In response to:

Mrs. Thatcher's Revenge from the March 21, 1996 issue

To the Editors:

To be vulgarly abused in a foreign publication [NYR, March 21] is a form of recognition I could do without. Mr. Buruma condemns me as “crass” (i.e., stupid, gross, coarse) “eccentric” (i.e., deviating from convention in a bizarre manner) and “Jewish.” The only relevance of his intrusion of my Jewishness seems to be as support for personal denigration, since he provides no other evidence for his aspersions apart from my guilt by association with Margaret Thatcher and my juvenile flirtation with communism which ended nearly fifty years ago. I have had the pleasure of never meeting him. He shows no sign of ever having read anything I have written (or published) either under my own name, ghosted for Keith Joseph and Margaret Thatcher or through the Centre For Policy Studies, which I co-founded with Joseph.

The impression that prior emotive hostility to me precludes his actually reading my writings prior to denouncing them is reinforced by his claim that I “fed her [MT] a churning brew of Hayek, Popper, Ludwig von Mises, and Milton Friedman.” Now though I respect these writers (and actually knew two of them personally) my writing is not indebted to them, nor did I quote them. On the contrary, my writing, “ghosting” and publication dealt with the British scene empirically from practice to theory. Our main point was that socialism in any form, including “Butskellism” does not work, by its adherents’ criteria no less than by anyone else’s. Yet, socialism in one form or another continues to attract support; that is the predicament which the Thatcher interlude leaves unchanged.

For Mr. Buruma to make a contribution to your readers’ understanding of British affairs, he would need more knowledge, even a little scholarship, intellectual curiosity, less stridency and better intellectual manners. He would need to read some of what we wrote, and to define his terms. For instance, what does he mean when he describes me as a “Thatcherite intellectual”? To dub someone “Keynesian,” “Kemalist” or “Marxist” denotes their intellectual or ideological provenance; does he imply that I derived my ideas from Margaret Thatcher?

He would also need to give up his ubiquitous obsession with the Jewish connection. We Jews are spread out along the whole political spectrum; our only common denominator is dedication to various deities. We thereby epitomize the human predicament.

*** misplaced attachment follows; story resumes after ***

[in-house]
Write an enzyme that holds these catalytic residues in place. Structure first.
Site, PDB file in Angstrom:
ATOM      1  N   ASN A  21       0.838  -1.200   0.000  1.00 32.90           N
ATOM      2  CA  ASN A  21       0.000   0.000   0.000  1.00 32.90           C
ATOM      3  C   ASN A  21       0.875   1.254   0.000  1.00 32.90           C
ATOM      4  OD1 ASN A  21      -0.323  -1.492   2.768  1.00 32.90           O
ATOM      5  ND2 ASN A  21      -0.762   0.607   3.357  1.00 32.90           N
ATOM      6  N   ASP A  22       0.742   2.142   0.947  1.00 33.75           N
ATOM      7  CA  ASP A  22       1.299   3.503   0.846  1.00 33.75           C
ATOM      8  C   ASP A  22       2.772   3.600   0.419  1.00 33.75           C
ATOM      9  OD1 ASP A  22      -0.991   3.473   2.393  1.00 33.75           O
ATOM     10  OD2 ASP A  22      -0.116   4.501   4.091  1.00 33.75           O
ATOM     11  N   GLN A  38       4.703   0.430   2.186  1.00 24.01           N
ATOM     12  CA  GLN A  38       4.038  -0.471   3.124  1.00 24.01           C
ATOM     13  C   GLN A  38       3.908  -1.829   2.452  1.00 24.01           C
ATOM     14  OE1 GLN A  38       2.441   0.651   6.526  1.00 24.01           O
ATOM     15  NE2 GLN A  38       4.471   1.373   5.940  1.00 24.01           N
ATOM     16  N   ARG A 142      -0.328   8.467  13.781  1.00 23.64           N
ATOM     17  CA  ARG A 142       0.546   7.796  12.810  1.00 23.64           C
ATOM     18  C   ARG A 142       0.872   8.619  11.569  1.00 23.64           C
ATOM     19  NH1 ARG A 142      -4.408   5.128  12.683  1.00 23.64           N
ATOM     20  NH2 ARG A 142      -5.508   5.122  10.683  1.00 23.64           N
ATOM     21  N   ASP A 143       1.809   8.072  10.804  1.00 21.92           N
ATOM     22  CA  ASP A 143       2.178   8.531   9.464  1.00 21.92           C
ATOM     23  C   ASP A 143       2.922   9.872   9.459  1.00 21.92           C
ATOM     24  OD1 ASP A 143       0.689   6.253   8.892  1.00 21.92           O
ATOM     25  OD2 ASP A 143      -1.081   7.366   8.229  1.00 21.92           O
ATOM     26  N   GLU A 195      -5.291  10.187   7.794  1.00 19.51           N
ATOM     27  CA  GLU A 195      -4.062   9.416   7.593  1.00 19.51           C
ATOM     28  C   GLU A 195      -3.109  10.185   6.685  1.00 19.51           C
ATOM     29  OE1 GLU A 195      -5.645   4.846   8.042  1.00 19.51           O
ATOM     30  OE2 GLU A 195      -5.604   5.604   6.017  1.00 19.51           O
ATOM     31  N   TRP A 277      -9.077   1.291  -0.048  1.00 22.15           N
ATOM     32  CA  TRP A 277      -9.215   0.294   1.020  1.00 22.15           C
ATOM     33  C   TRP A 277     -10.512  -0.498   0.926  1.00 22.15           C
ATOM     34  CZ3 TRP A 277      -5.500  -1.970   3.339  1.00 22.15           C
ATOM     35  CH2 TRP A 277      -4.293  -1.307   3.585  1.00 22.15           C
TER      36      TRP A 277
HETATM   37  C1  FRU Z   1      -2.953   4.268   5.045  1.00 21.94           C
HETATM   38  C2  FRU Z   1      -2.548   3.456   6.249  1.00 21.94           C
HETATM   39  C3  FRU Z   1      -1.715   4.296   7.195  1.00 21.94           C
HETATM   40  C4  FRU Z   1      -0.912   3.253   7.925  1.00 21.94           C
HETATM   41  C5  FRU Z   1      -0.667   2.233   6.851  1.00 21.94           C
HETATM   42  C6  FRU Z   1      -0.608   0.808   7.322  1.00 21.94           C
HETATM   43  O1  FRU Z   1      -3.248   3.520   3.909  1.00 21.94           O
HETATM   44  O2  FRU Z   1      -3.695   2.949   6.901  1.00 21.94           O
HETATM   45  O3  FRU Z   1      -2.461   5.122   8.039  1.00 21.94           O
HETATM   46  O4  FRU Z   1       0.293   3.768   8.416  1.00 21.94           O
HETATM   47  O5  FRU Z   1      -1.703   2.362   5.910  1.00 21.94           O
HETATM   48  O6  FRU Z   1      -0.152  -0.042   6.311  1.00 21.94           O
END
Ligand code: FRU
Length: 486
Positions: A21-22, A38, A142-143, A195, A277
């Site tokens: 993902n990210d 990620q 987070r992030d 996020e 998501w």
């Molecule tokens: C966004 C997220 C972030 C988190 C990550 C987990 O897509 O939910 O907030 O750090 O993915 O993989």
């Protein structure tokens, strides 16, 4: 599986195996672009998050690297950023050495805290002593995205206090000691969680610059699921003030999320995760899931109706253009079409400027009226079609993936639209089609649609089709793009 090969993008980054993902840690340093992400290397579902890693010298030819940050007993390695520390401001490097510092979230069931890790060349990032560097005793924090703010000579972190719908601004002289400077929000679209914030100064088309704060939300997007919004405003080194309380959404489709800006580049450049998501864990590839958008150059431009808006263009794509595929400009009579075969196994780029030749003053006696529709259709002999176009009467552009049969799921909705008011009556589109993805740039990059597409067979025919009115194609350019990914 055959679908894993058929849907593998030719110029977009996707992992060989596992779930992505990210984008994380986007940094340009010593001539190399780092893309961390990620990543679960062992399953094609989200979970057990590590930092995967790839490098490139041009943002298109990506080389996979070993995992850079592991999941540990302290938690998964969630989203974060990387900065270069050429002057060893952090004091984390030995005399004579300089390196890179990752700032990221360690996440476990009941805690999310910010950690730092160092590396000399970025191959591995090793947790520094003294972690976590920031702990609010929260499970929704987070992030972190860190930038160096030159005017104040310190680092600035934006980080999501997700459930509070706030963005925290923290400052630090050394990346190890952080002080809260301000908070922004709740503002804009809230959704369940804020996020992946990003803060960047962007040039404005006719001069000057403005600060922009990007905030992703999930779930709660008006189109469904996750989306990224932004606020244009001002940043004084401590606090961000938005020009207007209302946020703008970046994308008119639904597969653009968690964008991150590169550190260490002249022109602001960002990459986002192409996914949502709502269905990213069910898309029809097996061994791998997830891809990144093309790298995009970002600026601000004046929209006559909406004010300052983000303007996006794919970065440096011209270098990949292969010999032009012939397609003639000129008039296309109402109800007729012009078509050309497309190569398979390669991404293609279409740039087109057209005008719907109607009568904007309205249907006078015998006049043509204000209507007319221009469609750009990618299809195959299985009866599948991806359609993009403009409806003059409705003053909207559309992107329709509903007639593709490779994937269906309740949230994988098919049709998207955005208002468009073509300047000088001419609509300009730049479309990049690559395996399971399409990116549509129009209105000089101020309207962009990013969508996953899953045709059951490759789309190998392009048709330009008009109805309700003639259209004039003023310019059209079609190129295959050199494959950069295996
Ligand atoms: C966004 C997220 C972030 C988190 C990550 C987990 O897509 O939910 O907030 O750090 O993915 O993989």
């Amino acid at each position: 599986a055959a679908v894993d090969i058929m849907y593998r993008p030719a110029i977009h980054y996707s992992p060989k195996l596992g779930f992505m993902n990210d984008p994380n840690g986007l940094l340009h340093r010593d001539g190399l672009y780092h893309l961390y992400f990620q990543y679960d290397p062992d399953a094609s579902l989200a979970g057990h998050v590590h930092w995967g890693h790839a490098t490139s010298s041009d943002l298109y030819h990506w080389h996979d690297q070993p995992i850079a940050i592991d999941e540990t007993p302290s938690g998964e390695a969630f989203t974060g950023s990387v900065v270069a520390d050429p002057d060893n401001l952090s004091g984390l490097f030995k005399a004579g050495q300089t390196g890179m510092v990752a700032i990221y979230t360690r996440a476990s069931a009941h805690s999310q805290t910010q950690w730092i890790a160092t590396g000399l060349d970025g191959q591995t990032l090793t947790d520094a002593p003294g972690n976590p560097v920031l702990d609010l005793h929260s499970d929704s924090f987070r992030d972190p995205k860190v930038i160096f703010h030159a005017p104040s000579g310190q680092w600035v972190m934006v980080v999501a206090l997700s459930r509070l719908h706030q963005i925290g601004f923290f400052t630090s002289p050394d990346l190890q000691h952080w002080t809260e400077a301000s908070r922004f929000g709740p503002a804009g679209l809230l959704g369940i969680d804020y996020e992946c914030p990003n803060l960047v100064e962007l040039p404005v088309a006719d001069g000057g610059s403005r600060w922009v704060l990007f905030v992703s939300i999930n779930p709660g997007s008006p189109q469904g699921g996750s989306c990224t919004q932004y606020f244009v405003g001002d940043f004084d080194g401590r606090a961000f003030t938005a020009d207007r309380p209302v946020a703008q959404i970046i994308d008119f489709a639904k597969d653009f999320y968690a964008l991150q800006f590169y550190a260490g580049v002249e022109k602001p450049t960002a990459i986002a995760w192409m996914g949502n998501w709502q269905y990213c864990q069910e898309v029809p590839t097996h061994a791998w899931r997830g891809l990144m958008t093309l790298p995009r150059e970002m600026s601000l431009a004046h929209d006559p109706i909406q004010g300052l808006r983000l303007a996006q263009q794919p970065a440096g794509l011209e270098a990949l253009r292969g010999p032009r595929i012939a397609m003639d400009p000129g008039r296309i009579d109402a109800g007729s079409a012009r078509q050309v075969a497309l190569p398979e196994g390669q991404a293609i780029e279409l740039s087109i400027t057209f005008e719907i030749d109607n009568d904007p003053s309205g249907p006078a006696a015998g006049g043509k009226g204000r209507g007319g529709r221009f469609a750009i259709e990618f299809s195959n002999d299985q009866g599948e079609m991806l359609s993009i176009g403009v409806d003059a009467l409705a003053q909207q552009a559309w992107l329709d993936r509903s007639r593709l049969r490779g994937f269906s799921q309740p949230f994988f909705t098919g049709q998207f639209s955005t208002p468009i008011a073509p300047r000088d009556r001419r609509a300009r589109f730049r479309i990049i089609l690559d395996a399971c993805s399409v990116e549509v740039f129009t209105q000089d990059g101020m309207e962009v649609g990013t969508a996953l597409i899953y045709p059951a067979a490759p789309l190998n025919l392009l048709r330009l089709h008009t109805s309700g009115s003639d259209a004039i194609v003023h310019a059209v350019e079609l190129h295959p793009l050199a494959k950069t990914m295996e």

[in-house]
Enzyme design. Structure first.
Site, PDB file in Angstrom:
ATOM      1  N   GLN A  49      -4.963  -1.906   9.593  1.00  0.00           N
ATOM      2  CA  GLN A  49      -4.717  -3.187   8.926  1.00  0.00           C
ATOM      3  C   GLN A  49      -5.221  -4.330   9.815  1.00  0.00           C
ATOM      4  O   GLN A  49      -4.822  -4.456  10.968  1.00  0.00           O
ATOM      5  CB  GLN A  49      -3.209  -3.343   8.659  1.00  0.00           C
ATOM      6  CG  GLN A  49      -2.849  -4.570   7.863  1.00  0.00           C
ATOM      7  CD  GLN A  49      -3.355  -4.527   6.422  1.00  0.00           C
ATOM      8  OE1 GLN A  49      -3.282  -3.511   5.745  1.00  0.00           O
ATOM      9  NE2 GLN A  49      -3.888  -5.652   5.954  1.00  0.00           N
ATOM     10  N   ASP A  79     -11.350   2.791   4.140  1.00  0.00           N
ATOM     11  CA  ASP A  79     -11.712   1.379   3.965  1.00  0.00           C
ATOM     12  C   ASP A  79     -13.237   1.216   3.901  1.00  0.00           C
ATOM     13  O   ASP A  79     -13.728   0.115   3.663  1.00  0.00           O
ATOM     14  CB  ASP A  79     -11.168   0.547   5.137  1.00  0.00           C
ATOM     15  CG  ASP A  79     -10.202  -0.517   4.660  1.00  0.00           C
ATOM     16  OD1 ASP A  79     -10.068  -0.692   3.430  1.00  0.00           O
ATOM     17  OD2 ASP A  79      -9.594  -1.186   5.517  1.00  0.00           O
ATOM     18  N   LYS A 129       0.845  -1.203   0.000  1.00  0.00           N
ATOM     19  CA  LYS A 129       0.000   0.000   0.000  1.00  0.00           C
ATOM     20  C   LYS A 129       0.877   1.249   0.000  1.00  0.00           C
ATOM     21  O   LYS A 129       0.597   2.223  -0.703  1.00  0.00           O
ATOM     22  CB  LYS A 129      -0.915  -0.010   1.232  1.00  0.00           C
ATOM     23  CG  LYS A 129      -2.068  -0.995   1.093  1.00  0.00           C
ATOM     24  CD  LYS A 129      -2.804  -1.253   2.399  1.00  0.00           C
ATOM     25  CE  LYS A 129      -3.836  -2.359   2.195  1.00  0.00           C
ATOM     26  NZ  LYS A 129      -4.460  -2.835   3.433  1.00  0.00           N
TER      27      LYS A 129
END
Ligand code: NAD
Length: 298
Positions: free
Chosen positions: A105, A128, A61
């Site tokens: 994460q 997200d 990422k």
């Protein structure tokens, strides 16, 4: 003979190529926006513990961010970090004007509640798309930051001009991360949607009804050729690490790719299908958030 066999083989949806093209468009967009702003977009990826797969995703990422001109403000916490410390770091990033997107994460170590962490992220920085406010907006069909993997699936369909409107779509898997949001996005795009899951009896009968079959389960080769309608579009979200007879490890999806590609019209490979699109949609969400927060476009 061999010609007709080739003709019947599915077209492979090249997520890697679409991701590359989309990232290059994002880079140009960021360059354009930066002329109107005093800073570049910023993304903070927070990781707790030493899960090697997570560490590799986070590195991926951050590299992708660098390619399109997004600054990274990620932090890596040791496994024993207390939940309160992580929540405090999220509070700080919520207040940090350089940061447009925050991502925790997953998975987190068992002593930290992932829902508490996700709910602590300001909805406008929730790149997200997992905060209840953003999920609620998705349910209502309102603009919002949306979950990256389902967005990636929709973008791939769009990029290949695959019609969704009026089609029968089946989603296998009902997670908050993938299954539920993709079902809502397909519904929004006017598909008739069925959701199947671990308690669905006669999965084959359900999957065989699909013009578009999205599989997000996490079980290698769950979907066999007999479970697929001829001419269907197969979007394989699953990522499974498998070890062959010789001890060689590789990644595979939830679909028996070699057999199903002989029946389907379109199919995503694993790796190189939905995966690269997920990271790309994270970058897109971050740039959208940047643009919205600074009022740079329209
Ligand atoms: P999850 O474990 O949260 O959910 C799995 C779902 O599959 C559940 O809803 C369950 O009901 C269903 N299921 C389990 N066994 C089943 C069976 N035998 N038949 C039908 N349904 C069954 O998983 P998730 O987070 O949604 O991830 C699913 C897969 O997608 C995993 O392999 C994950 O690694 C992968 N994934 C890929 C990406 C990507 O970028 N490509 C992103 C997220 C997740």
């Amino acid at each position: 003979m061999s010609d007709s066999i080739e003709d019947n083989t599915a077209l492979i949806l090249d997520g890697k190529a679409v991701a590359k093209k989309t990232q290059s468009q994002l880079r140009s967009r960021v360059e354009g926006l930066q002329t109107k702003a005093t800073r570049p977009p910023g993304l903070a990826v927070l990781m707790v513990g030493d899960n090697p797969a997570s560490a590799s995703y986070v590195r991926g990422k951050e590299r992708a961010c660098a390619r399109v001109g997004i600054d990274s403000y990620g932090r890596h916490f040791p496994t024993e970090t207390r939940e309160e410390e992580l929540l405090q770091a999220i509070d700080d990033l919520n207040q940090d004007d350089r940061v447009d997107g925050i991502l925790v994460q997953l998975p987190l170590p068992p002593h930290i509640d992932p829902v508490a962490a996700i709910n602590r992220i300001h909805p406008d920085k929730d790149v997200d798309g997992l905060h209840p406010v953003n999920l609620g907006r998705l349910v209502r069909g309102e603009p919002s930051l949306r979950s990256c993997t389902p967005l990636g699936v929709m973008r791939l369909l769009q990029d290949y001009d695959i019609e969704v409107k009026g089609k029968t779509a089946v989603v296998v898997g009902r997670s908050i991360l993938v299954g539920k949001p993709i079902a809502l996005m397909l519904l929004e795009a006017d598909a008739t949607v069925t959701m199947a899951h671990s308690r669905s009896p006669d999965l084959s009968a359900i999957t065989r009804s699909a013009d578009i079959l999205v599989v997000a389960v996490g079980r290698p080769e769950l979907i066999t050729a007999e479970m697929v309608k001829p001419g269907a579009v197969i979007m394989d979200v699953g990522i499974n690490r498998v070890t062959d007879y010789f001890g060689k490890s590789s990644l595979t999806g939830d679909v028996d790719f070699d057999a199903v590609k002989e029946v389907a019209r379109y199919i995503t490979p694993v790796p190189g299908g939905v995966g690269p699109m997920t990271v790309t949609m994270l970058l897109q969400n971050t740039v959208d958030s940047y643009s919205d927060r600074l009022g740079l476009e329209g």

Alfred Sherman
London, England

Ian Buruma replies:

Not eccentric? Not crass? I didn’t feel the need to spell it out in my article, but if Mr. Sherman insists, here are a few pointers. It was surely eccentric of him to invite Jean-Marie Le Pen, leader of the extreme right-wing French National Front, to speak at the Conservative Party Conference in 1988. It was eccentricity, bordering on crassness, to state, as he did the year before, that “the SS were as much victims as the Jews were. Without Hitler, they would have been decent young men but they were turned into monsters and they died.” And the crassness of his stand on recent Bosnian affairs lacks all the charm of eccentricity: “I’m going to Bosnia to advise Karadzic,” he told the Daily Telegraph in 1993. “We are in the first throes of the Third World War against Germany. But [John] Major is on the side of the Germans.”
As for the Jewish angle. I only mentioned Mr. Sherman’s background to point out that Mrs. Thatcher’s intellectual boosters were as likely to be Jewish as Catholic. In other words, Jewishness per se was not the issue. It was Sherman who wrote that Jewish voters approved of Margaret Thatcher’s stand on the need to curb further immigration more tightly. I don’t know about Jewish voters, but this is certainly Mr. Sherman’s own view. He wrote (Sunday Telegraph, September 11, 1979) that “the relationship between indigenous Britons and this country is inherently different from that of Asians and most other migrant stock. Hence, there are unassailable moral no less than political grounds for embodying these differences in law and practice wherever necessary.” An eccentric, not to say crass view for a Jewish thinker to take.

This Issue

May 23, 1996